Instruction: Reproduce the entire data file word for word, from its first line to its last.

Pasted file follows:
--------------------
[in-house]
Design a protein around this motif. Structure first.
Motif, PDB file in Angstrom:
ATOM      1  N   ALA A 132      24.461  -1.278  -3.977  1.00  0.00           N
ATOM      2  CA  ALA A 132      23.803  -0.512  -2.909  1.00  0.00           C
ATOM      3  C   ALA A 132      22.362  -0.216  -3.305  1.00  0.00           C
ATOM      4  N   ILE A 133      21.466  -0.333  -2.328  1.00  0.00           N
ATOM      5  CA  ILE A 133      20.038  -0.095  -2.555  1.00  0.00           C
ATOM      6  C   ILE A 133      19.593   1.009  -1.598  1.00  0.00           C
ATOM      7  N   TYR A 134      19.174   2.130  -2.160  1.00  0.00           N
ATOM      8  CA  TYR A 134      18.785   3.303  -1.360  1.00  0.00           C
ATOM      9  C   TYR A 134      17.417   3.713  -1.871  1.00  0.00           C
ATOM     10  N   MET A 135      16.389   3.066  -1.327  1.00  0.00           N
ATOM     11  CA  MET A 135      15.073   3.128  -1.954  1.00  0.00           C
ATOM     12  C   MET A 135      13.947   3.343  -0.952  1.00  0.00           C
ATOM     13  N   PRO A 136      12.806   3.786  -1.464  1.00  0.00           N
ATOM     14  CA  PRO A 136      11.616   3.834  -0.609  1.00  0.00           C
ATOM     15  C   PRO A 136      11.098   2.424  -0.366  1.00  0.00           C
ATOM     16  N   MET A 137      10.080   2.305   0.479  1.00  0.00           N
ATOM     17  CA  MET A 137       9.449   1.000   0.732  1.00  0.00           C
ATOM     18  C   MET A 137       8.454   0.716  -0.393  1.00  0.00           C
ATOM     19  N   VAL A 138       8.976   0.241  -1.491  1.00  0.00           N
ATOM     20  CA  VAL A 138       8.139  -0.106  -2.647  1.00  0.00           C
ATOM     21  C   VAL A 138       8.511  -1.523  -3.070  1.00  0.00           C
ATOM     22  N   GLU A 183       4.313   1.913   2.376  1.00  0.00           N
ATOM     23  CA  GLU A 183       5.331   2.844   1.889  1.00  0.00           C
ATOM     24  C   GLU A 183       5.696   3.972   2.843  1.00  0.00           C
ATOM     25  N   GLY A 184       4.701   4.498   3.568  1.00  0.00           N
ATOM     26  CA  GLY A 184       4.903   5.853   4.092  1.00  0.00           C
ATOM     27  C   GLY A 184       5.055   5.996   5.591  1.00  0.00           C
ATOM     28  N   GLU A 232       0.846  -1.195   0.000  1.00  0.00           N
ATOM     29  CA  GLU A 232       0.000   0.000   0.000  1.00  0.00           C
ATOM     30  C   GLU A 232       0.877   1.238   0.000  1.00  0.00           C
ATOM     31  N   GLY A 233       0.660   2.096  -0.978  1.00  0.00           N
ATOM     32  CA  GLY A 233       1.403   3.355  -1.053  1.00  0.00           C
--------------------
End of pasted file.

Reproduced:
[in-house]
Design a protein around this motif. Structure first.
Motif, PDB file in Angstrom:
ATOM      1  N   ALA A 132      24.461  -1.278  -3.977  1.00  0.00           N
ATOM      2  CA  ALA A 132      23.803  -0.512  -2.909  1.00  0.00           C
ATOM      3  C   ALA A 132      22.362  -0.216  -3.305  1.00  0.00           C
ATOM      4  N   ILE A 133      21.466  -0.333  -2.328  1.00  0.00           N
ATOM      5  CA  ILE A 133      20.038  -0.095  -2.555  1.00  0.00           C
ATOM      6  C   ILE A 133      19.593   1.009  -1.598  1.00  0.00           C
ATOM      7  N   TYR A 134      19.174   2.130  -2.160  1.00  0.00           N
ATOM      8  CA  TYR A 134      18.785   3.303  -1.360  1.00  0.00           C
ATOM      9  C   TYR A 134      17.417   3.713  -1.871  1.00  0.00           C
ATOM     10  N   MET A 135      16.389   3.066  -1.327  1.00  0.00           N
ATOM     11  CA  MET A 135      15.073   3.128  -1.954  1.00  0.00           C
ATOM     12  C   MET A 135      13.947   3.343  -0.952  1.00  0.00           C
ATOM     13  N   PRO A 136      12.806   3.786  -1.464  1.00  0.00           N
ATOM     14  CA  PRO A 136      11.616   3.834  -0.609  1.00  0.00           C
ATOM     15  C   PRO A 136      11.098   2.424  -0.366  1.00  0.00           C
ATOM     16  N   MET A 137      10.080   2.305   0.479  1.00  0.00           N
ATOM     17  CA  MET A 137       9.449   1.000   0.732  1.00  0.00           C
ATOM     18  C   MET A 137       8.454   0.716  -0.393  1.00  0.00           C
ATOM     19  N   VAL A 138       8.976   0.241  -1.491  1.00  0.00           N
ATOM     20  CA  VAL A 138       8.139  -0.106  -2.647  1.00  0.00           C
ATOM     21  C   VAL A 138       8.511  -1.523  -3.070  1.00  0.00           C
ATOM     22  N   GLU A 183       4.313   1.913   2.376  1.00  0.00           N
ATOM     23  CA  GLU A 183       5.331   2.844   1.889  1.00  0.00           C
ATOM     24  C   GLU A 183       5.696   3.972   2.843  1.00  0.00           C
ATOM     25  N   GLY A 184       4.701   4.498   3.568  1.00  0.00           N
ATOM     26  CA  GLY A 184       4.903   5.853   4.092  1.00  0.00           C
ATOM     27  C   GLY A 184       5.055   5.996   5.591  1.00  0.00           C
ATOM     28  N   GLU A 232       0.846  -1.195   0.000  1.00  0.00           N
ATOM     29  CA  GLU A 232       0.000   0.000   0.000  1.00  0.00           C
ATOM     30  C   GLU A 232       0.877   1.238   0.000  1.00  0.00           C
ATOM     31  N   GLY A 233       0.660   2.096  -0.978  1.00  0.00           N
ATOM     32  CA  GLY A 233       1.403   3.355  -1.053  1.00  0.00           C